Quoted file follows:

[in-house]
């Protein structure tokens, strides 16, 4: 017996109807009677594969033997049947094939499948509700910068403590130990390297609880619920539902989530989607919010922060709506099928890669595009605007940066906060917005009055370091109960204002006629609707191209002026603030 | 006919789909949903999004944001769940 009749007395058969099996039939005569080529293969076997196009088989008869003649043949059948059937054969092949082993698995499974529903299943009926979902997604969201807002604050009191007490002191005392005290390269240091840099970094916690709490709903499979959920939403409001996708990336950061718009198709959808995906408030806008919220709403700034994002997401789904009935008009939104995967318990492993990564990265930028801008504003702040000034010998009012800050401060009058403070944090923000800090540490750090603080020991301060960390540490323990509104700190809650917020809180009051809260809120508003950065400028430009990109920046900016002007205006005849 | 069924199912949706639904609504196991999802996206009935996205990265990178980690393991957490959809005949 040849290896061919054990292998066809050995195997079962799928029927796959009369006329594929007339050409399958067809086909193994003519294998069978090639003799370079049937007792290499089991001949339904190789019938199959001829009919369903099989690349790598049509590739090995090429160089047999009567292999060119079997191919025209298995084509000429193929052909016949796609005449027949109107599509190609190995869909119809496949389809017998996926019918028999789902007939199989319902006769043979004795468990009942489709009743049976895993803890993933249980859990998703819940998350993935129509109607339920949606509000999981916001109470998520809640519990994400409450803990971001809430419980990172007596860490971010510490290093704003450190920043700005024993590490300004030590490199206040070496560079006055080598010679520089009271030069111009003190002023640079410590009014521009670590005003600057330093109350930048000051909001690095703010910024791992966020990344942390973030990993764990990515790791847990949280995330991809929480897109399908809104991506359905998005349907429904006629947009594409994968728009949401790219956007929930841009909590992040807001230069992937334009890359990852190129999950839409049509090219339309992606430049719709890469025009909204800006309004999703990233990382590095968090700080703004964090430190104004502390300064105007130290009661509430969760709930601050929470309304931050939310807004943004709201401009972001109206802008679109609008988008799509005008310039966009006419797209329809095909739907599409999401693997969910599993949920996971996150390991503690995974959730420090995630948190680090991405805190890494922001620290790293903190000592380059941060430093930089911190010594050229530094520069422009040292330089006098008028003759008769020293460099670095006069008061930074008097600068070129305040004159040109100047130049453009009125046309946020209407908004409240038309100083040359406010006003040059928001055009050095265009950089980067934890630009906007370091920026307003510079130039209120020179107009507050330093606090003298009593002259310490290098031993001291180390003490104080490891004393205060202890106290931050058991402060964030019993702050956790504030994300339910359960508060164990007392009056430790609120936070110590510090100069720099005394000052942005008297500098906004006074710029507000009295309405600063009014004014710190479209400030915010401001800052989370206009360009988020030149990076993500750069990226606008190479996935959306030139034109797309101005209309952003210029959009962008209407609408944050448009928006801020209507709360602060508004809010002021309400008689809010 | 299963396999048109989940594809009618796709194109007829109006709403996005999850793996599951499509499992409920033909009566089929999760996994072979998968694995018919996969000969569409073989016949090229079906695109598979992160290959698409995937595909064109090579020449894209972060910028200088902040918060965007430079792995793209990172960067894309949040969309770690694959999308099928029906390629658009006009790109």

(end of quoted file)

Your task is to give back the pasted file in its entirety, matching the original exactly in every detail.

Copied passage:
[in-house]
């Protein structure tokens, strides 16, 4: 017996109807009677594969033997049947094939499948509700910068403590130990390297609880619920539902989530989607919010922060709506099928890669595009605007940066906060917005009055370091109960204002006629609707191209002026603030 | 006919789909949903999004944001769940 009749007395058969099996039939005569080529293969076997196009088989008869003649043949059948059937054969092949082993698995499974529903299943009926979902997604969201807002604050009191007490002191005392005290390269240091840099970094916690709490709903499979959920939403409001996708990336950061718009198709959808995906408030806008919220709403700034994002997401789904009935008009939104995967318990492993990564990265930028801008504003702040000034010998009012800050401060009058403070944090923000800090540490750090603080020991301060960390540490323990509104700190809650917020809180009051809260809120508003950065400028430009990109920046900016002007205006005849 | 069924199912949706639904609504196991999802996206009935996205990265990178980690393991957490959809005949 040849290896061919054990292998066809050995195997079962799928029927796959009369006329594929007339050409399958067809086909193994003519294998069978090639003799370079049937007792290499089991001949339904190789019938199959001829009919369903099989690349790598049509590739090995090429160089047999009567292999060119079997191919025209298995084509000429193929052909016949796609005449027949109107599509190609190995869909119809496949389809017998996926019918028999789902007939199989319902006769043979004795468990009942489709009743049976895993803890993933249980859990998703819940998350993935129509109607339920949606509000999981916001109470998520809640519990994400409450803990971001809430419980990172007596860490971010510490290093704003450190920043700005024993590490300004030590490199206040070496560079006055080598010679520089009271030069111009003190002023640079410590009014521009670590005003600057330093109350930048000051909001690095703010910024791992966020990344942390973030990993764990990515790791847990949280995330991809929480897109399908809104991506359905998005349907429904006629947009594409994968728009949401790219956007929930841009909590992040807001230069992937334009890359990852190129999950839409049509090219339309992606430049719709890469025009909204800006309004999703990233990382590095968090700080703004964090430190104004502390300064105007130290009661509430969760709930601050929470309304931050939310807004943004709201401009972001109206802008679109609008988008799509005008310039966009006419797209329809095909739907599409999401693997969910599993949920996971996150390991503690995974959730420090995630948190680090991405805190890494922001620290790293903190000592380059941060430093930089911190010594050229530094520069422009040292330089006098008028003759008769020293460099670095006069008061930074008097600068070129305040004159040109100047130049453009009125046309946020209407908004409240038309100083040359406010006003040059928001055009050095265009950089980067934890630009906007370091920026307003510079130039209120020179107009507050330093606090003298009593002259310490290098031993001291180390003490104080490891004393205060202890106290931050058991402060964030019993702050956790504030994300339910359960508060164990007392009056430790609120936070110590510090100069720099005394000052942005008297500098906004006074710029507000009295309405600063009014004014710190479209400030915010401001800052989370206009360009988020030149990076993500750069990226606008190479996935959306030139034109797309101005209309952003210029959009962008209407609408944050448009928006801020209507709360602060508004809010002021309400008689809010 | 299963396999048109989940594809009618796709194109007829109006709403996005999850793996599951499509499992409920033909009566089929999760996994072979998968694995018919996969000969569409073989016949090229079906695109598979992160290959698409995937595909064109090579020449894209972060910028200088902040918060965007430079792995793209990172960067894309949040969309770690694959999308099928029906390629658009006009790109």